When Courts Construe Contracts & Statutes; & Why Lawyers Do Not Guarentee An Outcome

We have heard since grammar school that this nation is governed by laws, not men/women. What this means is that the law is to be equally applied to similar circumstances irrespective of a person’s status, wealth, etc.

But while the written law is to be followed, is the men and women of the judiciary who decide what the writing means, whether the writing is a contract or is a statute or an ordinance.

And that’s when humanity gets in the way.

Day after day clients and prospective clients seek reassurance on the quality of their case, insisting upon an accurate estimation of the chance of success. Of course, success in proving or disproving a particular fact is dependent upon the evidence; the application of one law or another, however, is dependant upon the Judge. And it is these Judges who contain the human element.

For example, one day Mr. Ojibway entered a Toronto lawyer’s office facing criminal charges for shooting his horse. The charges, however, were that Mr. Ojibway killed a small bird, not a horse. So under these circumstances, one could be fairly assured of guaranteeing an acquittal. But can we ?

Thus the case of Regina v. Ojibway (Toronto, 1965-1966) 8 Criminal Law Quarterly 137. This case is not real, it was written by the law clerks who worked in the Criminal Courts building in Toronto. It only takes a few minutes to read, but you will forever be enlightened:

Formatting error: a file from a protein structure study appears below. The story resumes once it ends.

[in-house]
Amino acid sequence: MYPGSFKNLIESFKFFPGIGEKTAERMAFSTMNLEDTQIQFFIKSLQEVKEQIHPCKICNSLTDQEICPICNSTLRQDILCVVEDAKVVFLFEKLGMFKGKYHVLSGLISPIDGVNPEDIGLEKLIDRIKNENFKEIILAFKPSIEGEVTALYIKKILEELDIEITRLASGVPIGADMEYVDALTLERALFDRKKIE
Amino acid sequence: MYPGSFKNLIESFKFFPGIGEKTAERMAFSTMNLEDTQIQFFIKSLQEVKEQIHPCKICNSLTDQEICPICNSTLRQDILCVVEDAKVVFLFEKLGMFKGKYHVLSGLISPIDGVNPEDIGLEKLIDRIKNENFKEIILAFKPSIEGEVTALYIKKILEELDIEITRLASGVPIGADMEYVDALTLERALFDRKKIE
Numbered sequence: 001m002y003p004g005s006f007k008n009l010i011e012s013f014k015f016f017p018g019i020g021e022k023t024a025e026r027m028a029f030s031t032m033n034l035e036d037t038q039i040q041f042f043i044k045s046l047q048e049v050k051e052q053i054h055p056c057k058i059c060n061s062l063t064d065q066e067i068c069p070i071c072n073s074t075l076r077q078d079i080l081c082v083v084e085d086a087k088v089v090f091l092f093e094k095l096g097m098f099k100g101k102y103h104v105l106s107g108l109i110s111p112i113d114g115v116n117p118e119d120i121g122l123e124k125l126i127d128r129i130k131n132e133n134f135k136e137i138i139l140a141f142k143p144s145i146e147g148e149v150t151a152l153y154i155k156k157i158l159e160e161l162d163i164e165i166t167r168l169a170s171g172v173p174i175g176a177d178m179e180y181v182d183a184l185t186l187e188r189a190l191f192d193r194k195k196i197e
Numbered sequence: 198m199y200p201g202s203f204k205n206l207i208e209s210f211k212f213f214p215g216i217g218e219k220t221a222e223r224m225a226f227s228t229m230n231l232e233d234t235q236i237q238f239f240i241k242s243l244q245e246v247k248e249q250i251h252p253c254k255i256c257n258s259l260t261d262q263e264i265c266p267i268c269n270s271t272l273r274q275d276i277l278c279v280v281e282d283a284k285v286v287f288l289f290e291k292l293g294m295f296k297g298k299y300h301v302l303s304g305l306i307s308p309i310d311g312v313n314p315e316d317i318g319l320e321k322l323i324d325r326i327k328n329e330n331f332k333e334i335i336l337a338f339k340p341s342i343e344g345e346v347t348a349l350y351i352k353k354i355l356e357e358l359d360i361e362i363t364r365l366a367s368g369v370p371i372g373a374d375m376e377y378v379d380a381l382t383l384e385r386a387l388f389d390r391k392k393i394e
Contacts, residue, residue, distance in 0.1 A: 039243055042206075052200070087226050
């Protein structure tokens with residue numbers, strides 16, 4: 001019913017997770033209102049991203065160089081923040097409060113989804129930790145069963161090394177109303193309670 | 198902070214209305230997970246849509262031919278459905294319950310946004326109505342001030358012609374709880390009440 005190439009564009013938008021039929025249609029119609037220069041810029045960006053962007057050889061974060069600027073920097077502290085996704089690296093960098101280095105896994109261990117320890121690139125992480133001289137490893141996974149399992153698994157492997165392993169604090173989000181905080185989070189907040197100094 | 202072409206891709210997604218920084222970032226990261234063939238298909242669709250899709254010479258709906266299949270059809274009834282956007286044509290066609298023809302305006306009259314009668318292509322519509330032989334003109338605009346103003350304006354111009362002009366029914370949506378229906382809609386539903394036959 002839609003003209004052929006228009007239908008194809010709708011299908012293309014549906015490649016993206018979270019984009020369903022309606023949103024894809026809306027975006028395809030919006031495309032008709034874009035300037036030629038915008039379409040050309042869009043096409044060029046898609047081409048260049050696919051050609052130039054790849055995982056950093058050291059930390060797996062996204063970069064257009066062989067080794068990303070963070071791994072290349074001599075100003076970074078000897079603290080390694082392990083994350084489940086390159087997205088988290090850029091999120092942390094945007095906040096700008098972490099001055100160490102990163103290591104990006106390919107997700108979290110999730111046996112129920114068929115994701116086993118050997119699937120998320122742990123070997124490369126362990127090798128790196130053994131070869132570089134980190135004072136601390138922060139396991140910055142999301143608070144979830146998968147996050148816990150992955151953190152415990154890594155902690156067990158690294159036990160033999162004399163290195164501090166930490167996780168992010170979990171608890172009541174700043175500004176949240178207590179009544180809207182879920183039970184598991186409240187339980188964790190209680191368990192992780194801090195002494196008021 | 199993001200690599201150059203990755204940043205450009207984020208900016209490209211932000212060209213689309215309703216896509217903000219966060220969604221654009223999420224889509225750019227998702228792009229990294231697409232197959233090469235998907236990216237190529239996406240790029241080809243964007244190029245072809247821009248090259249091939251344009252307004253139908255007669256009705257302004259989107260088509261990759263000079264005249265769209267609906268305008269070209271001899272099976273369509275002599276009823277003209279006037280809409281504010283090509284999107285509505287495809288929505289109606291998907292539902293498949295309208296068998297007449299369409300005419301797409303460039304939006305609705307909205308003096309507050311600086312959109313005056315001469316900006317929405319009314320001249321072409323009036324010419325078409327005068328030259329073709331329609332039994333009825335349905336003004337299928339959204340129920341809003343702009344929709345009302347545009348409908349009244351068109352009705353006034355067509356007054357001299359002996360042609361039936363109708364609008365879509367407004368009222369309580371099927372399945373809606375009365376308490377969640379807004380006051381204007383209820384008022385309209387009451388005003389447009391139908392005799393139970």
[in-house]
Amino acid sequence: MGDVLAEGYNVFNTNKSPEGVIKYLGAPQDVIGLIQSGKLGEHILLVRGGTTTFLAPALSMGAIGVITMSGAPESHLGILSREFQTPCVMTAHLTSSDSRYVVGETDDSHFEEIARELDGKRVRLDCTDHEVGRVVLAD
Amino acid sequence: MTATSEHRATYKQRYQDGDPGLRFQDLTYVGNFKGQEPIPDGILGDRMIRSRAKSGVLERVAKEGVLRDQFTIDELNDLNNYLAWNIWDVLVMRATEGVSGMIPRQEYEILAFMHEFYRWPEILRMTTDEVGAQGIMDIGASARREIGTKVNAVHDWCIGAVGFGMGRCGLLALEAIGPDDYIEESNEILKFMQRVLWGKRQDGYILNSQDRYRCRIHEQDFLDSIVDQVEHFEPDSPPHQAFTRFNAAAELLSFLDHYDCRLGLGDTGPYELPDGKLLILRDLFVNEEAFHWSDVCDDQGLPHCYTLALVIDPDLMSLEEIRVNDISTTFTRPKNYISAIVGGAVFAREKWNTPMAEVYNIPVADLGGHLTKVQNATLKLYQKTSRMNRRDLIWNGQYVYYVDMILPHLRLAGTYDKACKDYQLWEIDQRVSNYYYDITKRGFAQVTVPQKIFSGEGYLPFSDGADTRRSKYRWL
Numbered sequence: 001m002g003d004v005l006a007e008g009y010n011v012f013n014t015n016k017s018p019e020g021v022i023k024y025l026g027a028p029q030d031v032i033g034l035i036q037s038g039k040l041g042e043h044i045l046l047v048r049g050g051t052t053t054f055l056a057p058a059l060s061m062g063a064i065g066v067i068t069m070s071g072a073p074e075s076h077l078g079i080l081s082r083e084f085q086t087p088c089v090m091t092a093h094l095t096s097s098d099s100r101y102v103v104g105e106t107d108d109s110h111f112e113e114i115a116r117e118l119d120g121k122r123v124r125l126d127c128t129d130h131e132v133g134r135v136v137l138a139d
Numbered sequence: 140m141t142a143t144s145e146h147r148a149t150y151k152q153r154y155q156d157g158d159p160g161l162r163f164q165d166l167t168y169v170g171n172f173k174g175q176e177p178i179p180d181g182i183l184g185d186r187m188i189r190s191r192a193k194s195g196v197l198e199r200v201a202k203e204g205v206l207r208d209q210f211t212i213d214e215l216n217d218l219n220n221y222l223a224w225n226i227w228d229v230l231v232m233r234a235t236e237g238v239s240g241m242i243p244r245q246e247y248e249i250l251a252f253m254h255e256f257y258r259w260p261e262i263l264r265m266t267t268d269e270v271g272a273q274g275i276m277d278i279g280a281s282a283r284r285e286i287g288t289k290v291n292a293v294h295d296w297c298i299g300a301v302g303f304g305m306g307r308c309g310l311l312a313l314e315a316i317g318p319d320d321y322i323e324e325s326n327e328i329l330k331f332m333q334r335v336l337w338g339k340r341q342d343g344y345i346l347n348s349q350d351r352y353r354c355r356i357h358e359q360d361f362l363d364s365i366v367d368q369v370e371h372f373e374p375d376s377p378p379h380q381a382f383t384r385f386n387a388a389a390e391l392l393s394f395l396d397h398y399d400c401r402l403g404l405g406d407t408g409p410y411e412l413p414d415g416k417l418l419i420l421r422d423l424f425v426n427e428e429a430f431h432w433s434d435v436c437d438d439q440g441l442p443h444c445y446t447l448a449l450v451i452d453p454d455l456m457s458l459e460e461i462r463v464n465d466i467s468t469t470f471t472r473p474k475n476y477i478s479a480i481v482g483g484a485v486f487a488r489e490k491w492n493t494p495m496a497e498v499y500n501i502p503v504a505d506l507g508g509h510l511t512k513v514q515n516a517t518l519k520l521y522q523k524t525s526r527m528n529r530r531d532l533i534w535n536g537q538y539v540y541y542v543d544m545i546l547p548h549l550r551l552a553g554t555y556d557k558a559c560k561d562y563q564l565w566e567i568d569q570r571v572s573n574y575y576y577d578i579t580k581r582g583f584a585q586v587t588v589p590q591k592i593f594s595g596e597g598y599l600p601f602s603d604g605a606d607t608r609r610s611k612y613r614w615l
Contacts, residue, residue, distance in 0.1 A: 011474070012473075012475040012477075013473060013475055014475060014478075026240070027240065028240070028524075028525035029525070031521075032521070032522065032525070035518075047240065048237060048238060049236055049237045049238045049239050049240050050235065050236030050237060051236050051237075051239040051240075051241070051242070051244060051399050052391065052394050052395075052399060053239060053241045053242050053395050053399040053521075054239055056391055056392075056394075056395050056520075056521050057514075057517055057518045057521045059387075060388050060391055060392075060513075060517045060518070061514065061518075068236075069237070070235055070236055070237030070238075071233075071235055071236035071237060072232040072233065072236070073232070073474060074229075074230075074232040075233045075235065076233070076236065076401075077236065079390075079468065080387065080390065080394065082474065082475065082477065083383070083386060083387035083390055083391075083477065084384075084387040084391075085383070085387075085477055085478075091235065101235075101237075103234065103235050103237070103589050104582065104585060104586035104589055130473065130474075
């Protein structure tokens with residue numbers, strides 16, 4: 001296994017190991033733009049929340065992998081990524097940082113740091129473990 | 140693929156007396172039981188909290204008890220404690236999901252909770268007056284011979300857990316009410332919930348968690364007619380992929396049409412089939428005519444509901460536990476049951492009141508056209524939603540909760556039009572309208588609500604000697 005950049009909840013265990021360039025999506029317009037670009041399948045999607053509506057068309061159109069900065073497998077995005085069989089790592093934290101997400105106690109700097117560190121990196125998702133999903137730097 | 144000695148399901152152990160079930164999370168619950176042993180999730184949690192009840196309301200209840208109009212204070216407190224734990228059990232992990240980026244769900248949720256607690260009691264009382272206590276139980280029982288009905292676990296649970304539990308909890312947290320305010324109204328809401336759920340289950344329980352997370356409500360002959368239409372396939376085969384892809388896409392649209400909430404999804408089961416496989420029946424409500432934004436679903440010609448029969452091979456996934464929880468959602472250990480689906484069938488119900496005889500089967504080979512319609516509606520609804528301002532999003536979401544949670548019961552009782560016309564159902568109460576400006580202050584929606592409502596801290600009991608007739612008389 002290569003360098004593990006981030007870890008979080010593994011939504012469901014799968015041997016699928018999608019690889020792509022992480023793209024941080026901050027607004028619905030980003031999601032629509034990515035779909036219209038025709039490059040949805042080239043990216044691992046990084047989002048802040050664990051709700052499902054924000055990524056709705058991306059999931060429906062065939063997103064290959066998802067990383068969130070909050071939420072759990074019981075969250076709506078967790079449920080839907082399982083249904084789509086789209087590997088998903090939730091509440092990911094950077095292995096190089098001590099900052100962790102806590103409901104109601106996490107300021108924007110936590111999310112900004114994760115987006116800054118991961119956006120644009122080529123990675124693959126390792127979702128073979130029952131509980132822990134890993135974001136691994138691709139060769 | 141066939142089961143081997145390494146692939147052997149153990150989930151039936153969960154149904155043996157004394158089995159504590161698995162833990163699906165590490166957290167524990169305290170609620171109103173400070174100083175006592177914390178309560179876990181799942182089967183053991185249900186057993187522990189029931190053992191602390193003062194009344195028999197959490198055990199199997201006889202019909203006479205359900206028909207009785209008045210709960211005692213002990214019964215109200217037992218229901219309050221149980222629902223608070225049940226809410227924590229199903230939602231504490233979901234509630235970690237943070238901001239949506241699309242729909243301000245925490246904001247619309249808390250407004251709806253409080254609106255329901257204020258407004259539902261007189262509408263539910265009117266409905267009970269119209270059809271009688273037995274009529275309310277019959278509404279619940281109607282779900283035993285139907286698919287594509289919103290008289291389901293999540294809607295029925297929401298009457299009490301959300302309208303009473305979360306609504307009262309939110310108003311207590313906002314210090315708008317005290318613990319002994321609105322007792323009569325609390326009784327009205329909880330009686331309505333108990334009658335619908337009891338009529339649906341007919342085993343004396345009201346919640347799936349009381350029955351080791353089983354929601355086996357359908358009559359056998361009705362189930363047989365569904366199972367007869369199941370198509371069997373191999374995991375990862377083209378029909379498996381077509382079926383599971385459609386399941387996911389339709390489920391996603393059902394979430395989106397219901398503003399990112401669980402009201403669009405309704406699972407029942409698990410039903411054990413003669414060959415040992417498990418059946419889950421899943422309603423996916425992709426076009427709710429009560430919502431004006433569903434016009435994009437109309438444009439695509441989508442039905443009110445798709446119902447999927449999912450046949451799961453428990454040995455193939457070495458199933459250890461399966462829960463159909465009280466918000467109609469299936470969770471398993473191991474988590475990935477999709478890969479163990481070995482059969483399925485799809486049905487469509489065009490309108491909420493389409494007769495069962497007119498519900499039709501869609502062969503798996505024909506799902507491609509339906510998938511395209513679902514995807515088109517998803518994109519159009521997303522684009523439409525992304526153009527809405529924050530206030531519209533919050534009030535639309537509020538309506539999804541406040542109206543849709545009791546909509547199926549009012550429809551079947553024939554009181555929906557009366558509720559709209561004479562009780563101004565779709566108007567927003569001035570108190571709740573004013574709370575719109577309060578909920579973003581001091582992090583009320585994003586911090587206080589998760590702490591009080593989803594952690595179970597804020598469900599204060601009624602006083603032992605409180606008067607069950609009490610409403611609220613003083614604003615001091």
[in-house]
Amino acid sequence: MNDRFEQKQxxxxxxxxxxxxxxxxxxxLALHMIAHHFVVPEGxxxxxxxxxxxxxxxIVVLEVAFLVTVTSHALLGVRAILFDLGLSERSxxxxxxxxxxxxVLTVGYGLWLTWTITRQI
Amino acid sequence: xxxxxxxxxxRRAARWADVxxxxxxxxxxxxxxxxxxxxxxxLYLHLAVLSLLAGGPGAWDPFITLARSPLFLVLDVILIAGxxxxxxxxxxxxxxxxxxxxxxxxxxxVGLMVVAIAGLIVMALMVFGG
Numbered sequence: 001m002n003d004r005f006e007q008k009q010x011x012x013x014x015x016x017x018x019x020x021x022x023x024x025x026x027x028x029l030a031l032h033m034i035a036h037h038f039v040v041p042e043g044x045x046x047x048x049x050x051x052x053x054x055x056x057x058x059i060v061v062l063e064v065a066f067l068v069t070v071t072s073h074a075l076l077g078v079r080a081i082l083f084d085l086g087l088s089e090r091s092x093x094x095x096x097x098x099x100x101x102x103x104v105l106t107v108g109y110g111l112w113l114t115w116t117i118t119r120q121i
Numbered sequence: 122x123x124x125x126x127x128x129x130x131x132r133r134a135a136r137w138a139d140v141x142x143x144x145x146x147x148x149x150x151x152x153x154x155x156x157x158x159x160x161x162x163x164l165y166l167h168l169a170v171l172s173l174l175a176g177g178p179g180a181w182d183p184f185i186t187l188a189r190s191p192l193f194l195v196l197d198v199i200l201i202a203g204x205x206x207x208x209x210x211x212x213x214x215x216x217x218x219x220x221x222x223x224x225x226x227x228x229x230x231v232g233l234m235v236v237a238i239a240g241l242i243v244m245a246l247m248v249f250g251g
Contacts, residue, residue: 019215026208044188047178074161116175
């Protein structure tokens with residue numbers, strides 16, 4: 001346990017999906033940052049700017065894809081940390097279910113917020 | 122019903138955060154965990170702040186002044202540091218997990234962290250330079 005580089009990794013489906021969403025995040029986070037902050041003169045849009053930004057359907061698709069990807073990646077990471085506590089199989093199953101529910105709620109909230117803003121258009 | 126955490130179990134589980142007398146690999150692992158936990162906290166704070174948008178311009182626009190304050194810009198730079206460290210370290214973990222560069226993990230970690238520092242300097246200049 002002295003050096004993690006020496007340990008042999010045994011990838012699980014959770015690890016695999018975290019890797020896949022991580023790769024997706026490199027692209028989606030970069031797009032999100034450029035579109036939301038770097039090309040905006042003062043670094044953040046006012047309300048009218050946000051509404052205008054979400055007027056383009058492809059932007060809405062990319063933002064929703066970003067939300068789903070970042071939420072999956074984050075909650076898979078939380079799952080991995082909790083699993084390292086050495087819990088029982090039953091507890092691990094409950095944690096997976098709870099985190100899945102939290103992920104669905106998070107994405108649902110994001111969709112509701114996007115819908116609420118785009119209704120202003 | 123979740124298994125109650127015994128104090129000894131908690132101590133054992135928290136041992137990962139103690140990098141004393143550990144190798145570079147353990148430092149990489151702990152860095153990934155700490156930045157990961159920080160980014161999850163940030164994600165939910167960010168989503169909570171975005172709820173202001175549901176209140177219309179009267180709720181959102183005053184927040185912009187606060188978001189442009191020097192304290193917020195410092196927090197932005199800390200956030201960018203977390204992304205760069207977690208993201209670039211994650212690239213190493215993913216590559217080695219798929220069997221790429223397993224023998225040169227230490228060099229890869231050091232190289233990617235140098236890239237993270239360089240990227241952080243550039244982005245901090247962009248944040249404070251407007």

“BLUE, J.: -This is an appeal by the Crown by way of a stated case from a decision of the magistrate acquitting the accused of a charge under the Small Birds Act, R.S.O.,1960, c.724, s.2. The facts are not in dispute. Fred Ojibway, an Indian, was riding his pony through Queen’s Park on January 2, 1965. Being impoverished, and having been forced to pledge his saddle, he substituted a downy pillow in lieu of the said saddle. On this particular day the accused’s misfortune was further heightened by the circumstances of his pony breaking its right foreleg. In accord with Indian custom, the accused then shot the pony to relieve it of its awkwardness.

The accused was then charged with having breached the Small Birds Act, s.2 of which states:

2. Anyone maiming, injuring or killing small birds is guilty of an offense and subject to a fine not in excess of two hundred dollars.

The learned magistrate acquitted the accused holding, in fact, that he had killed his horse and not a small bird. With respect, I cannot agree.

In light of the definition section my course is quite clear. Section 1 defines “bird” as “a two-legged animal covered with feathers”. There can be no doubt that this case is covered by this section.

Counsel for the accused made several ingenious arguments to which, in fairness, I must address myself. He submitted that the evidence of the expert clearly concluded that the animal in question was a pony and not a bird, but this is not the issue. We are not interested in whether the animal in question is a bird or not in fact, but whether it is one in law.